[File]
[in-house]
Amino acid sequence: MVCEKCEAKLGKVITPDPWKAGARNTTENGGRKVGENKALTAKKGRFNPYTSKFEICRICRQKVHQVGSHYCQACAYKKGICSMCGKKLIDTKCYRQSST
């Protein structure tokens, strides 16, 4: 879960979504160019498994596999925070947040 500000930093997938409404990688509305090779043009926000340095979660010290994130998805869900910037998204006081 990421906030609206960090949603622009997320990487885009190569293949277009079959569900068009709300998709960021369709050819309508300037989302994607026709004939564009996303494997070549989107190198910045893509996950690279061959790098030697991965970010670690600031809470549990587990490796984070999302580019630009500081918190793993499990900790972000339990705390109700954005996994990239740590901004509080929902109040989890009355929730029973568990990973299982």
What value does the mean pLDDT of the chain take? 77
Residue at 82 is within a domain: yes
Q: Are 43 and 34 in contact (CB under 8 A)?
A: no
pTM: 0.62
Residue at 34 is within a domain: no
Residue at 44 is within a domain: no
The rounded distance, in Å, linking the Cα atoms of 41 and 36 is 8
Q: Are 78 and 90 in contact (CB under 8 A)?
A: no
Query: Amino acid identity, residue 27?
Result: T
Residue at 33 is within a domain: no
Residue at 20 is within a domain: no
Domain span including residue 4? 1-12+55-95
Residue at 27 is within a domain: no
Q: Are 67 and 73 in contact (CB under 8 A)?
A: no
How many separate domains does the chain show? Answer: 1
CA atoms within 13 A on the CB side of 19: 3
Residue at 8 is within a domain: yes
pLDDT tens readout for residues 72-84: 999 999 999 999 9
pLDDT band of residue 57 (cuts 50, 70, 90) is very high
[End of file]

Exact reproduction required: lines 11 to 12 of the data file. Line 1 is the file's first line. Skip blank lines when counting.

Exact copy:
The rounded distance, in Å, linking the Cα atoms of 41 and 36 is 8
Q: Are 78 and 90 in contact (CB under 8 A)?